WASHINGTON — Engineers from Millennium Space Systems have successfully tested the platform, or bus, for a low-cost imaging satellite as part of a U.S. Defense Advanced Research Projects Agency (DARPA) project, according to an Oct. 15 press release from the company.
The flight of a prototype bus was part of the Space Enabled Effects for Military Engagements (SeeMe) project, which has been targeted for termination by the Senate Armed Services Committee. The program is intended to provide imagery directly to troops in the field from a constellation in low Earth orbit.
In January, Millennium Space Systems of Torrance, Calif., announced it had won a $1.91 million contract to develop designs and production plans for six prototype and 24 operational SeeMe satellites.
This prototype cube-shaped bus, measuring 270 centimeters on each side, can accommodate heavier payloads than standard cubesats, Mike Scardera, Millennium’s SeeMe project manager, said in a release.
For the test, the bus was attached to high-altitude balloon and included a telescope as well as new digital camera technology developed by the U.S. Department of Energy’s Lawrence Livermore National Laboratory in Livermore, Calif.
“The detailed images we retrieved clearly demonstrate Lawrence Livermore’s unique optics design is well suited for this size spacecraft, to provide high quality space remote sensing,” Scardera said in the release.
Also during the 90-minute flight, engineers were able to test the satellite’s mobile command and control function.
The test comes with the SeeMe program at an apparent crossroads.
DARPA requested $10.5 million for 2014 for the project, significantly less than the $15.5 million the agency requested for 2013.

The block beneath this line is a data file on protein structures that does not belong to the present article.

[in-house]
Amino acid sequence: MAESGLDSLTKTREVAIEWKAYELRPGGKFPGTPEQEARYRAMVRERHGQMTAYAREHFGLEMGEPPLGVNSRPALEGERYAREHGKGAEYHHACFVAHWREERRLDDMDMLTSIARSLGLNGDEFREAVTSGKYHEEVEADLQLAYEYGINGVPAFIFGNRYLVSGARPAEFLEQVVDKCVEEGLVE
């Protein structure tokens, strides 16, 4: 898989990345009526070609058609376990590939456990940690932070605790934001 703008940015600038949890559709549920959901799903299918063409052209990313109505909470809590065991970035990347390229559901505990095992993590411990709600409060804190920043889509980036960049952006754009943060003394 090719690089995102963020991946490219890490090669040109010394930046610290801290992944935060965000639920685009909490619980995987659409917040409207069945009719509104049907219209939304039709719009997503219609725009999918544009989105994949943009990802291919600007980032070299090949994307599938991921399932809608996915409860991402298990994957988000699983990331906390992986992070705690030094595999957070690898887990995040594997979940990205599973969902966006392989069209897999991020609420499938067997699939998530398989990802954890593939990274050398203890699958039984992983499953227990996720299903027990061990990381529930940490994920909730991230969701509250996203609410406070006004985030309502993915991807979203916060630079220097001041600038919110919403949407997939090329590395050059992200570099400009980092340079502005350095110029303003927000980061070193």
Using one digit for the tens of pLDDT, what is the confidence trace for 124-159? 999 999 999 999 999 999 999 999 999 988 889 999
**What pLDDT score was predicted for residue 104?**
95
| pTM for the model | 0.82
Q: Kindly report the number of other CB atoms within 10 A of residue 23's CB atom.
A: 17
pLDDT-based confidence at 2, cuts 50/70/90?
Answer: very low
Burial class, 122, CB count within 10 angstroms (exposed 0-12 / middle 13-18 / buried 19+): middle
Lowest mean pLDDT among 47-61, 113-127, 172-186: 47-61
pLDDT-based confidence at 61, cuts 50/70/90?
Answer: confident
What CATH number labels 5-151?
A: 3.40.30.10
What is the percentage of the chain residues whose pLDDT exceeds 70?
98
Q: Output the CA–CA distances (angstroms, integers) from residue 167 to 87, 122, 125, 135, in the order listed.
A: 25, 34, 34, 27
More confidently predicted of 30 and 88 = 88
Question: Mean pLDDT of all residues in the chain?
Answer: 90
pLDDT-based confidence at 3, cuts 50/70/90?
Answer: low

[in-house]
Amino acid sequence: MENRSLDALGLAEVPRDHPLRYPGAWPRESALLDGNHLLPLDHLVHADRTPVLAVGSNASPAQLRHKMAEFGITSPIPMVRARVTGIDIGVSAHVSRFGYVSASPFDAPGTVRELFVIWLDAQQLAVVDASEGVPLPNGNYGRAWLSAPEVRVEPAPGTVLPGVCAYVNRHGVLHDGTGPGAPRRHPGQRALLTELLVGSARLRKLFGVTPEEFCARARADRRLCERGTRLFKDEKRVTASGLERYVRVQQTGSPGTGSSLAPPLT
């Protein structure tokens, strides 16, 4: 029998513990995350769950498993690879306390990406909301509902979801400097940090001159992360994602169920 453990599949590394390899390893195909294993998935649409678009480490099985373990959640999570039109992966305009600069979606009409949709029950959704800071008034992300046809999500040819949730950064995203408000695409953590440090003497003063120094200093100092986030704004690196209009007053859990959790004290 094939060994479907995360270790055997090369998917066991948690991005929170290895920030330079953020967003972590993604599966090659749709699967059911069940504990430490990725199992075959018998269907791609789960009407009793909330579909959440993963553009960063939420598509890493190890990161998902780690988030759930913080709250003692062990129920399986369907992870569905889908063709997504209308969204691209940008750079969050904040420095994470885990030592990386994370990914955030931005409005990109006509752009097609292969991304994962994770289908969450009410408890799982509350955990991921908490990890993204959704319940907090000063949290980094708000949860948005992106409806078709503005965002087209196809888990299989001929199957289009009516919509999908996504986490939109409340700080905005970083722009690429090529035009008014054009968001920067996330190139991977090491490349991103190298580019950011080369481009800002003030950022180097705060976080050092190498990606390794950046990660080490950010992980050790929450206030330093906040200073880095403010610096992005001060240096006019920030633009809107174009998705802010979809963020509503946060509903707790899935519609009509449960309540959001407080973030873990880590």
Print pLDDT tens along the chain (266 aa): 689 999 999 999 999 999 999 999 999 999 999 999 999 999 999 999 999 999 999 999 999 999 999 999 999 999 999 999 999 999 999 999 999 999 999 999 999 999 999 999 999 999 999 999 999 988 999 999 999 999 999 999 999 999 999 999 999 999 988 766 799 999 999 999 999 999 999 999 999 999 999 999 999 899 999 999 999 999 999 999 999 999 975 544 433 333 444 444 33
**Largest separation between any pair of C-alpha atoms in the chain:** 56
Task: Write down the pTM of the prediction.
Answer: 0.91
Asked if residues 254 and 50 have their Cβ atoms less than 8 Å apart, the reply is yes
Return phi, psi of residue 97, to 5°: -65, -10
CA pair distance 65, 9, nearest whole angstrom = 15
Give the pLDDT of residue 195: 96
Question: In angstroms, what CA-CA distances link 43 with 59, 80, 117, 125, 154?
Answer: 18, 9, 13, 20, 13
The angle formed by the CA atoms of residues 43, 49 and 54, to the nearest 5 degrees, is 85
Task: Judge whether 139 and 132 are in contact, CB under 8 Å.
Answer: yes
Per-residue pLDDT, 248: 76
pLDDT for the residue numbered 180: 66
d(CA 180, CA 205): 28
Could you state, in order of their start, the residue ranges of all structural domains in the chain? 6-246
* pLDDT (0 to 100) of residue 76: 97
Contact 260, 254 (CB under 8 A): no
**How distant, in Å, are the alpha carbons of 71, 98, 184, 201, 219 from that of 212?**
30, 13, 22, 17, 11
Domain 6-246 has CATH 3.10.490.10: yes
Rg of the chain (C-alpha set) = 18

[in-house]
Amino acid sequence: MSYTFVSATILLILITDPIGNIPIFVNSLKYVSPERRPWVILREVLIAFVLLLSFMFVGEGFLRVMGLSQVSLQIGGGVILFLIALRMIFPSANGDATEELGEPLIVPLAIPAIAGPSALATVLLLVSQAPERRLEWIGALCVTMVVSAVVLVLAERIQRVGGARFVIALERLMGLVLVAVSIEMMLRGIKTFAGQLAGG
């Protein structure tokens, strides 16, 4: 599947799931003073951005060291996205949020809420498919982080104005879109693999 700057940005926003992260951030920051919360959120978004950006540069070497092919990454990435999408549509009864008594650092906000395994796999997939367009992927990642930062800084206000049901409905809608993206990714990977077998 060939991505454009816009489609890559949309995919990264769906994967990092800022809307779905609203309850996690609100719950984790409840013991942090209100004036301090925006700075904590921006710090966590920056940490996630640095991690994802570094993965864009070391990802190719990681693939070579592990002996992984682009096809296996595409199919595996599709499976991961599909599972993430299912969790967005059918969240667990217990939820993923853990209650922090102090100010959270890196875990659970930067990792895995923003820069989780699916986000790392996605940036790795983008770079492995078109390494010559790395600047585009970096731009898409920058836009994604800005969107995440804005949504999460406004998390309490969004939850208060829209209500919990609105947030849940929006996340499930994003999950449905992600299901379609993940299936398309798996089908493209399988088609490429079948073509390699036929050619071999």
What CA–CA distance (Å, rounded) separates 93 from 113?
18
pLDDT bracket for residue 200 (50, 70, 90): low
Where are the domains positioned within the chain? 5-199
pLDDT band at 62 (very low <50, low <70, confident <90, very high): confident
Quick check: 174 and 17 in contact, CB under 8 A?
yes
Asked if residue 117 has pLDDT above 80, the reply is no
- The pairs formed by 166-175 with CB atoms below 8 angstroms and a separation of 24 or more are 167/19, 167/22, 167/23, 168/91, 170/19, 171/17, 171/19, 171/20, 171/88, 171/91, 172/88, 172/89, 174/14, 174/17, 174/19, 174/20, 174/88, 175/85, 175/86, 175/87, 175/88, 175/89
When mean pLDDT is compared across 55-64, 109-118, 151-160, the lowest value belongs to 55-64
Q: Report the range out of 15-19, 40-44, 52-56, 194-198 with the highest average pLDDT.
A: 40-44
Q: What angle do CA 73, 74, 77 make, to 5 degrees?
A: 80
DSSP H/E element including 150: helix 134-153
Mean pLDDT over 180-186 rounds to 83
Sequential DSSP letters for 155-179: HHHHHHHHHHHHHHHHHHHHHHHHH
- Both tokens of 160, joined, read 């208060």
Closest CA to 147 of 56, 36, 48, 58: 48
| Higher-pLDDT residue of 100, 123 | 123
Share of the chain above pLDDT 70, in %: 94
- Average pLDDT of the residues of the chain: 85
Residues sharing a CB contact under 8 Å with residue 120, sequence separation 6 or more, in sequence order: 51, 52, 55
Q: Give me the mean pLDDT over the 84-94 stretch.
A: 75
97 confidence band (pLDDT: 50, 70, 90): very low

But in its version of the 2014 defense spending bill, the Senate Appropriations Committee recommended “program termination.”
The House Appropriations Committee did not mention the SeeMe program in its version of the spending bill.
According to budget documents, DARPA hopes to complete six prototype SeeMe satellites in 2014 to verify that they could be built within 90 days with no prepurchased parts.
Millennium plans to sell the basic SeeMe platforms for approximately $500,000 each, according to the release. The ability to deliver each bus within about 90 days of order is part of its appeal, the company said.
Jason Kim, a spokesman for the company, could not answer questions about the program before press time.
“These breakthroughs in price and delivery schedule will create new business models in space, enabling ultra-low-cost constellation missions,” Laura White, Millennium’s director of business operations, said in the release.
DARPA expects to complete demonstrations of prototype hardware and software for the SeeMe satellites and hand-held data reception devices in 2014.
The SeeMe satellites are expected to take advantage of another DARPA program, the Airborne Launch Assist Space Access (ALASA), to reach orbit. That program would launch payloads weighing less than about 50 kilograms into orbit from an aircraft, with a target price tag of less than $1 million per launch.
Boeing, Lockheed Martin and Virgin Galactic are developing ALASA launch concepts under contracts awarded about a year ago, and DARPA expects to down-select to one or two for flight demonstrations that would take place in 2015 or 2016.
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